Predicate Noun

What is a Predicate Noun?

A predicate noun is an important part of English grammar. Generally, predicate nouns are found after verbs in a sentence and they refer to the subject of the verb.

For example, in the sentence “The teacher is Mary,” Mary is the predicate noun as it follows the sentence’s verb “is”. It tells readers who or what is performing the action denoted by the verb.

Though predicate nouns can be any part of speech, they often take on their own form which combines both a verb and a noun into one word, like “understandings” – understanding being a combination of understand + ing. By understanding predicate nouns and how to use them, effective communication with others becomes easier.

Predicate Noun Rules

Learning these four critical rules when using a Predicate Noun phrase will help communication become clearer and easier. With these four rules firmly entrenched in one’s grammar skillset, any English speaker can properly construct sentences with ease!

ApplicationCases of nouns should be applied in order to build meaningful sentences – cases like possessive, nominative, objective and genitive can all determine how a sentence is formed.
CapitalizationProper nouns need to be capitalized when written; failure to do so could create confusion or suggest incorrect punctuation.
DistinctionsAll English nouns have gender distinctions; for instance, all animate beings and things such as vehicles are classified as either masculine or feminine.
PluralizationMost singular nouns must be made plural in order to enable them to join sentences with other words.
Predicate Rules and Explanations Table
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Examples of the Predicate Noun

A predicate noun phrase is a type of noun that comes after a linking verb and which renames or further defines the subject of the sentence. If a predicate noun is present in a sentence, then it usually follows one of these verbs:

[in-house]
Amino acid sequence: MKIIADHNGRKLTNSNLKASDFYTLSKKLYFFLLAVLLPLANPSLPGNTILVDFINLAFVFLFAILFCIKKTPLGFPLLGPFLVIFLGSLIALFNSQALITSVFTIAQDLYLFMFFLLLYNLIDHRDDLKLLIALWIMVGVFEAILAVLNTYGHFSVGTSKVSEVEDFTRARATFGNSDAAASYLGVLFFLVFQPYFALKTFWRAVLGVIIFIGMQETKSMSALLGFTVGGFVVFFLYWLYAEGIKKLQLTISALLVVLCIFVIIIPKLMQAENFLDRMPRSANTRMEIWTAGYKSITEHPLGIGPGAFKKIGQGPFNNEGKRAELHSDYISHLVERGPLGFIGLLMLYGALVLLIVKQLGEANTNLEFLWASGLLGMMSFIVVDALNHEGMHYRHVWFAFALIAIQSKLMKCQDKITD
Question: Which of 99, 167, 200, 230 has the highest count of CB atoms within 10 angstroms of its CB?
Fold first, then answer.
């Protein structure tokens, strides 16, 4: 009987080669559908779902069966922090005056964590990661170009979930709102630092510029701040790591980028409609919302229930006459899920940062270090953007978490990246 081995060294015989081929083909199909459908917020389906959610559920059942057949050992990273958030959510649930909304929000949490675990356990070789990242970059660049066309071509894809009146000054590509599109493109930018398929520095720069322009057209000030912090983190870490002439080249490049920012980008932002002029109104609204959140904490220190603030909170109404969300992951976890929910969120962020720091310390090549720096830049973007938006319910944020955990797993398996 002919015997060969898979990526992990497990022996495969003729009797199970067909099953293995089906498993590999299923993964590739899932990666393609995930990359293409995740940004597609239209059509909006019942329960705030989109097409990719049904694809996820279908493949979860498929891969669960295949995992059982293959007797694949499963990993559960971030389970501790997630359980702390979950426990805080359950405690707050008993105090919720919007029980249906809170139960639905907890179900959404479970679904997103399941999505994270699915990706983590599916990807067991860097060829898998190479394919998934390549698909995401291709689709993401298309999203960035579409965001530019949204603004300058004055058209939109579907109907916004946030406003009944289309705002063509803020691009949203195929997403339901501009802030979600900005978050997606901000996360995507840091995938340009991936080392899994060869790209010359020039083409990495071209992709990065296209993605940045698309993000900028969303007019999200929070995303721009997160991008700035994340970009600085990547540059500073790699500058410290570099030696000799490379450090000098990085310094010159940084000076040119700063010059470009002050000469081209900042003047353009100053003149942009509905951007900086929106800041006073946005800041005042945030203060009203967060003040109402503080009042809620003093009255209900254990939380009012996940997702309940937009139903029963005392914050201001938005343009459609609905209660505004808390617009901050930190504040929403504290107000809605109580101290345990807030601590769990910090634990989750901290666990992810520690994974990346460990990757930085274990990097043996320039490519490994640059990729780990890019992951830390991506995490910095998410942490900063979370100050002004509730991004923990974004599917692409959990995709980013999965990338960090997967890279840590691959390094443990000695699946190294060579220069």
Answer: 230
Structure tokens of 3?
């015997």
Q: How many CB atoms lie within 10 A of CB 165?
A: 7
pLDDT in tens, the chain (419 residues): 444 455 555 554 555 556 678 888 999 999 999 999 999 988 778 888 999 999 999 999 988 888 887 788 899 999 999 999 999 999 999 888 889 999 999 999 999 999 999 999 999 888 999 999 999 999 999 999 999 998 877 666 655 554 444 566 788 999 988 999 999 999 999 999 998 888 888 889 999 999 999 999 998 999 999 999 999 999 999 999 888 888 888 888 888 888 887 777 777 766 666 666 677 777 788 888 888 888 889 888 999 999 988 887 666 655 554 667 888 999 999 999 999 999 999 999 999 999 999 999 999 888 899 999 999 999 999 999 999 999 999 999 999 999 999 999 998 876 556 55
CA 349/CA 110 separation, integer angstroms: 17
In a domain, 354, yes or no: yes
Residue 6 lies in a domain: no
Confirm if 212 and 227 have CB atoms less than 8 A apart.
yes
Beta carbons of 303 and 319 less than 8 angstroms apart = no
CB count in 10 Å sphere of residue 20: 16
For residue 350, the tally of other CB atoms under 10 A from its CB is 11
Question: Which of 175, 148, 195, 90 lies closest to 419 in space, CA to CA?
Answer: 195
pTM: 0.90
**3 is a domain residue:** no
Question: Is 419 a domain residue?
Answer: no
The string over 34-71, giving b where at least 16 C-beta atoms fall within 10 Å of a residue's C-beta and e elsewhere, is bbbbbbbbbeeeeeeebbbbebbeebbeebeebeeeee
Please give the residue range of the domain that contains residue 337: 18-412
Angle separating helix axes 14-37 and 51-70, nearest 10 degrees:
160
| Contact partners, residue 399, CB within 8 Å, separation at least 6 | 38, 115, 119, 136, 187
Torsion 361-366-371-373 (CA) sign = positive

• Be
  • Seem
  • Appear
  • Become
  • Feel
  • Look
  • Grow
  • Sound
  • Smell
  • Taste

This can make it easier to identify predicate nouns among other types of nouns in a sentence. For example: “John became a teacher.” In this sentence, “teacher” is the predicate noun because it follows the linking verb “became”.

Predicate nouns are an important part of written and spoken language and can enhance our understanding by providing more complete thoughts.

Predicate Noun Exercises with Answers


  • _ was an engineer.
  • _ chose her replacement.
  • _ became my saviour.
  • _ is a choreographer.
  • _ were their tenants.


  • James was an engineer.
  • I chose her replacement.
  • He became my saviour.
  • She is a choreographer.
  • We were their tenants.

Predicate Noun List

Predicate nouns are the nouns that are the predicate part of a sentence, usually following the verb “to be.” There are seven major examples of predicate nouns:

Subject ComplimentThe subject complement is a predicate nominative that interacts with the linking verb and gives more information on what is being described.
Predicate ComplimentA predicate nominative is linked to the same subject as an equal noun or pronoun and follows a linking verb to state an equal relationship between two items.
Direct ObjectA direct object receives action from an action verb and usually follows the word “it” or “him/her”.
Indirect ObjectAn indirect object is like a direct object but it comes before any verbs and is not directly affected by them.
Object ComplimentObject complements draw additional attention to either subjects or objects within a sentence, often reacting with action verbs to give more detail on what happened in the sentence.
AppositiveAppositives indicate placement within a sentence and rename that which was just stated previously, such as in “My sister Mary loves baking.”
PredicatePredicate adjectives follow linking verbs to describe or qualify nouns or pronouns found elsewhere within the sentence along with providing extra information about its subject.
Predicate Noun List Table
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Advice for ESL Students & English Language Learners

ESL students and English language learners should remember that learning a language is an ongoing process. To increase fluency, it is important to practice predicate nouns—words used to specify what is being said about a subject. For example, rather than just saying the word “box”, predicate nouns can expand information such as: “The brown cardboard box contains magazines.” Although intimidating at first, predicate nouns provide more detail to help easier communication in English.